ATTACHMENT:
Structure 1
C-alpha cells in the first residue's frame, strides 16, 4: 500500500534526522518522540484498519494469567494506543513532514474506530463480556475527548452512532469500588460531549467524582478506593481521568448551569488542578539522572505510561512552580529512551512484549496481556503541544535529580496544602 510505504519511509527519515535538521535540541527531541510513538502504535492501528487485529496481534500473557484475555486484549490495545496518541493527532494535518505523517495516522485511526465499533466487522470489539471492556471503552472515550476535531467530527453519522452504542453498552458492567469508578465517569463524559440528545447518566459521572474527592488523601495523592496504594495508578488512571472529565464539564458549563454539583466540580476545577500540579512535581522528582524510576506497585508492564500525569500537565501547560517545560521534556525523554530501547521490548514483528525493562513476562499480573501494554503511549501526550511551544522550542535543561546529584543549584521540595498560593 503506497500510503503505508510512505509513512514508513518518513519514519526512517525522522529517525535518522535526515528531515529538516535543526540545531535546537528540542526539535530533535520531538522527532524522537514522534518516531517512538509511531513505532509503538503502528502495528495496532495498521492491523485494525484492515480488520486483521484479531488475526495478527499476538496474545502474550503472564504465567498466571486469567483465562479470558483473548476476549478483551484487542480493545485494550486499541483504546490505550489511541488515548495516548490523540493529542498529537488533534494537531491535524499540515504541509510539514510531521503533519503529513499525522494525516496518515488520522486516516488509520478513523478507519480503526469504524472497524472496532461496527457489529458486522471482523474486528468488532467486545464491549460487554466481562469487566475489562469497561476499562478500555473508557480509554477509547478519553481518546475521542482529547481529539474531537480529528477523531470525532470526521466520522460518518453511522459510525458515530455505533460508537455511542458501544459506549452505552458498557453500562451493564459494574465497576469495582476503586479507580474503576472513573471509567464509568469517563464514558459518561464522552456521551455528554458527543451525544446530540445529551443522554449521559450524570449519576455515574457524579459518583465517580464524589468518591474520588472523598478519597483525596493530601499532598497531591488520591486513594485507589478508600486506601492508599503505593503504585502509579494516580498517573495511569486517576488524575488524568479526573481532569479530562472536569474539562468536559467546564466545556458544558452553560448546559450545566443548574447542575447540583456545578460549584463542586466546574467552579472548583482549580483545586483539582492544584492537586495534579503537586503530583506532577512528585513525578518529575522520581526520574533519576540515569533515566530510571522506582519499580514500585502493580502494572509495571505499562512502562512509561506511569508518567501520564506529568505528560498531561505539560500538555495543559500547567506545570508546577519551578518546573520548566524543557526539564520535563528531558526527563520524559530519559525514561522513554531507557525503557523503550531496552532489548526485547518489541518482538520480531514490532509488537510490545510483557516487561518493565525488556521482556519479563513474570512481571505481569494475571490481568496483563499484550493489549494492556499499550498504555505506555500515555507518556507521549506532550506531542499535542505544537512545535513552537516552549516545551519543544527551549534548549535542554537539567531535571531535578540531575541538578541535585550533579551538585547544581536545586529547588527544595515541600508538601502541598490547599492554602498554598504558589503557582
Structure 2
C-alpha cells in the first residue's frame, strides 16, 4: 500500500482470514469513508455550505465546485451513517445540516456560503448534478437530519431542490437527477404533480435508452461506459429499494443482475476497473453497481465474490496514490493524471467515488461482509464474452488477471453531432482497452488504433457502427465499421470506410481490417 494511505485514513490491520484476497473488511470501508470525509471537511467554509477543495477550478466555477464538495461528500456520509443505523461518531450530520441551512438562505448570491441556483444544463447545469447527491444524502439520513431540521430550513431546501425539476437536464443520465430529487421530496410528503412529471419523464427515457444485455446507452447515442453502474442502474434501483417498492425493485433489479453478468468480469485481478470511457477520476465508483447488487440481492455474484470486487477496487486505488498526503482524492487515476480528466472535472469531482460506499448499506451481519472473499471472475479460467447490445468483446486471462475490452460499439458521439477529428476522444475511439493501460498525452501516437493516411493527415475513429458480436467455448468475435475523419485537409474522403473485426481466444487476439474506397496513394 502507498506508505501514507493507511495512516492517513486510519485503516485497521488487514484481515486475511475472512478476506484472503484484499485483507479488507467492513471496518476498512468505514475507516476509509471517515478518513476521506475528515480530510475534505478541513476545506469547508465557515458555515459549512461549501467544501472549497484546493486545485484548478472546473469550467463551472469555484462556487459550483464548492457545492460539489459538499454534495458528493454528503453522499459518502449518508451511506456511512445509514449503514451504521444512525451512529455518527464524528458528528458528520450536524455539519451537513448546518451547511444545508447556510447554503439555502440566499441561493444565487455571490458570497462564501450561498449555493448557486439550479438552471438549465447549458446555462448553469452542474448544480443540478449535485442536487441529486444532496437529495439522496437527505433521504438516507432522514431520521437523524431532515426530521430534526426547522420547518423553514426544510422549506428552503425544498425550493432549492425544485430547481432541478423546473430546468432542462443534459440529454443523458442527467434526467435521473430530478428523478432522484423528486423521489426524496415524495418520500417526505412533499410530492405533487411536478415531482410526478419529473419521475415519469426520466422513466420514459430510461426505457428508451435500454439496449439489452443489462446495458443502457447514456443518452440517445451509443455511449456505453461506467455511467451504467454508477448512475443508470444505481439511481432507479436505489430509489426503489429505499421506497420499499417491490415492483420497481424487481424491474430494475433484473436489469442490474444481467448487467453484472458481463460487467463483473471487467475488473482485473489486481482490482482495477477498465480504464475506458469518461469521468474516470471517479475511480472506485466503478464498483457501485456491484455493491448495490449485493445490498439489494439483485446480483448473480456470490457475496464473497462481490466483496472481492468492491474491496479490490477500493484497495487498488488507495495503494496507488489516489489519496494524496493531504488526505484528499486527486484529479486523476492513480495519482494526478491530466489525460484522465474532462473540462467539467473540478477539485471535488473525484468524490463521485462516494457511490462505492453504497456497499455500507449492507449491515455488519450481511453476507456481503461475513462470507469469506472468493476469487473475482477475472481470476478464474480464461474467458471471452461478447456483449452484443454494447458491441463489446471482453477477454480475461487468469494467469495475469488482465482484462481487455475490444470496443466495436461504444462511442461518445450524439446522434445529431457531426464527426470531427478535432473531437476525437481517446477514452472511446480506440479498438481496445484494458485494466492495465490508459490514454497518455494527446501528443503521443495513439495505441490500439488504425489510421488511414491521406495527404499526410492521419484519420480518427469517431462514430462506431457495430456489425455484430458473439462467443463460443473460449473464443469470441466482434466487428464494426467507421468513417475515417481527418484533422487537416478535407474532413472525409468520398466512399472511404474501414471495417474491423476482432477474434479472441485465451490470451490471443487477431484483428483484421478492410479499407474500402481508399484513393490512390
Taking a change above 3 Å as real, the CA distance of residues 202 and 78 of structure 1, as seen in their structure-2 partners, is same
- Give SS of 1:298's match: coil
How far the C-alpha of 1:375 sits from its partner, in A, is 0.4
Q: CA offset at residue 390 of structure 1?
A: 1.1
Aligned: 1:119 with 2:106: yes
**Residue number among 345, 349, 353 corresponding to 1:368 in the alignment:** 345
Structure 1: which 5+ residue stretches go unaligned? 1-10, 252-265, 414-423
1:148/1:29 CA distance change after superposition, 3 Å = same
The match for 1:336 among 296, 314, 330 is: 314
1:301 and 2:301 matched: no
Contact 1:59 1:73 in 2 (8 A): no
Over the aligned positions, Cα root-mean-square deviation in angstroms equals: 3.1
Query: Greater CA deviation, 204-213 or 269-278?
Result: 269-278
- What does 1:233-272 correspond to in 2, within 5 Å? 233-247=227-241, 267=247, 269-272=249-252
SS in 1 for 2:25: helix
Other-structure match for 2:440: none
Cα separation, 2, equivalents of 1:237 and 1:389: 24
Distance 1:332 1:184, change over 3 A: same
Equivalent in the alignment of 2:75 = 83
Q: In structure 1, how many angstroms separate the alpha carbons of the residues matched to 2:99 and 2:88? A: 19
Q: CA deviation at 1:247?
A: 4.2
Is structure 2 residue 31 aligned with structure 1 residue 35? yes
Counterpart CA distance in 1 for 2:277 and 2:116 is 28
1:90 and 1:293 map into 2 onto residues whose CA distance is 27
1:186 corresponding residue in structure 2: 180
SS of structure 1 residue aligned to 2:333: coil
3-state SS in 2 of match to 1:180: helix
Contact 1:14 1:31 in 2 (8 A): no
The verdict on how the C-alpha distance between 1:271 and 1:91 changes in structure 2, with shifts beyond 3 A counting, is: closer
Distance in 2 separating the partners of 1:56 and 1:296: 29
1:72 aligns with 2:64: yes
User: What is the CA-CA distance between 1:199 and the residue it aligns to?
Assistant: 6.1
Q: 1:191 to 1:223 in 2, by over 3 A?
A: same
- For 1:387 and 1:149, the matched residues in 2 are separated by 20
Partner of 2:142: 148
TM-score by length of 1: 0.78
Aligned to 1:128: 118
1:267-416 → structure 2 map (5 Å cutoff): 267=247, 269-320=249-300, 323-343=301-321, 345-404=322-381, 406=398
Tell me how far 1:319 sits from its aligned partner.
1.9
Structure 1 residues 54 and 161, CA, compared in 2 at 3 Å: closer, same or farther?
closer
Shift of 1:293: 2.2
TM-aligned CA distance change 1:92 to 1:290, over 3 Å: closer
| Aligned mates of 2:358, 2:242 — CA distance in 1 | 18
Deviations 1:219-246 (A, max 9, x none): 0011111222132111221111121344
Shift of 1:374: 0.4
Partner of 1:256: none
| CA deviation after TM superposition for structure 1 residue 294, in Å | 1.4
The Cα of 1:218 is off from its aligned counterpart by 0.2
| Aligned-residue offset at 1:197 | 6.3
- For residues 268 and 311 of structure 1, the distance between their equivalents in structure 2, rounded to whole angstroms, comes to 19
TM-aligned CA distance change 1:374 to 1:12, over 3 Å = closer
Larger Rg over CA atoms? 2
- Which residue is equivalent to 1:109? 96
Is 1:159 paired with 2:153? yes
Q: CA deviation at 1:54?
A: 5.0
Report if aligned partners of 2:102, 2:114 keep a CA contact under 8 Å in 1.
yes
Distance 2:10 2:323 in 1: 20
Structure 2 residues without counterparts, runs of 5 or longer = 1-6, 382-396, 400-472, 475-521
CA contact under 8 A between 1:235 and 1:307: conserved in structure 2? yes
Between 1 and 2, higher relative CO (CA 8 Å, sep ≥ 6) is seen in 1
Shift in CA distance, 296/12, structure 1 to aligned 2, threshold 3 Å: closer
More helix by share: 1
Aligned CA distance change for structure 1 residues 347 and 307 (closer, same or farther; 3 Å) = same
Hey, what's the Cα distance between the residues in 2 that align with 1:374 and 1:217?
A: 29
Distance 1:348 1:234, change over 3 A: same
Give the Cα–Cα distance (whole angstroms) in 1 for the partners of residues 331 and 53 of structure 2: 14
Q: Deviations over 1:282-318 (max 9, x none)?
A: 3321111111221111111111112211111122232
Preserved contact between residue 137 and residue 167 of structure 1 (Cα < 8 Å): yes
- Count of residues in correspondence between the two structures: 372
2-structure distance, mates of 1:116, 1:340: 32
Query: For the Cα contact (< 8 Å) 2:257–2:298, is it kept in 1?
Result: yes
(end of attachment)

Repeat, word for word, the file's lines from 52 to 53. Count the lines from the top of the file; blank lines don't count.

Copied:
Shift of 1:293: 2.2
TM-aligned CA distance change 1:92 to 1:290, over 3 Å: closer